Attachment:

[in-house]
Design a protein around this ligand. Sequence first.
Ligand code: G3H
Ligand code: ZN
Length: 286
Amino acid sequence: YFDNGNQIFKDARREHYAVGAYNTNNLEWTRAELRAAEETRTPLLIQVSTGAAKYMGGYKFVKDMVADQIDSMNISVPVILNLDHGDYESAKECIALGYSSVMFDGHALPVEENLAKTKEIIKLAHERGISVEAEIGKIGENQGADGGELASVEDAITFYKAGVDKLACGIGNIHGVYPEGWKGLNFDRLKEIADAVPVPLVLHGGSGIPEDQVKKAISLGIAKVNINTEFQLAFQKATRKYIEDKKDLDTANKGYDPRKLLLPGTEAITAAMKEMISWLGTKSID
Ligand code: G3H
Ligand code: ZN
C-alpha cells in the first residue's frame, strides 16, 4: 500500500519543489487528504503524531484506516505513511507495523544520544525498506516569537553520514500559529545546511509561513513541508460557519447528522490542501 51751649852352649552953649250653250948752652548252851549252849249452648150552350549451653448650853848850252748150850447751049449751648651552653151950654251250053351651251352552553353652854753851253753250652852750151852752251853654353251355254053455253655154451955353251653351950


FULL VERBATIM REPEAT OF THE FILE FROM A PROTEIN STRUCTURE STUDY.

[in-house]
Design a protein around this ligand. Sequence first.
Ligand code: G3H
Ligand code: ZN
Length: 286
Amino acid sequence: YFDNGNQIFKDARREHYAVGAYNTNNLEWTRAELRAAEETRTPLLIQVSTGAAKYMGGYKFVKDMVADQIDSMNISVPVILNLDHGDYESAKECIALGYSSVMFDGHALPVEENLAKTKEIIKLAHERGISVEAEIGKIGENQGADGGELASVEDAITFYKAGVDKLACGIGNIHGVYPEGWKGLNFDRLKEIADAVPVPLVLHGGSGIPEDQVKKAISLGIAKVNINTEFQLAFQKATRKYIEDKKDLDTANKGYDPRKLLLPGTEAITAAMKEMISWLGTKSID
Ligand code: G3H
Ligand code: ZN
C-alpha cells in the first residue's frame, strides 16, 4: 500500500519543489487528504503524531484506516505513511507495523544520544525498506516569537553520514500559529545546511509561513513541508460557519447528522490542501 51751649852352649552953649250653250948752652548252851549252849249452648150552350549451653448650853848850252748150850447751049449751648651552653151950654251250053351651251352552553353652854753851253753250652852750151852752251853654353251355254053455253655154451955353251653351950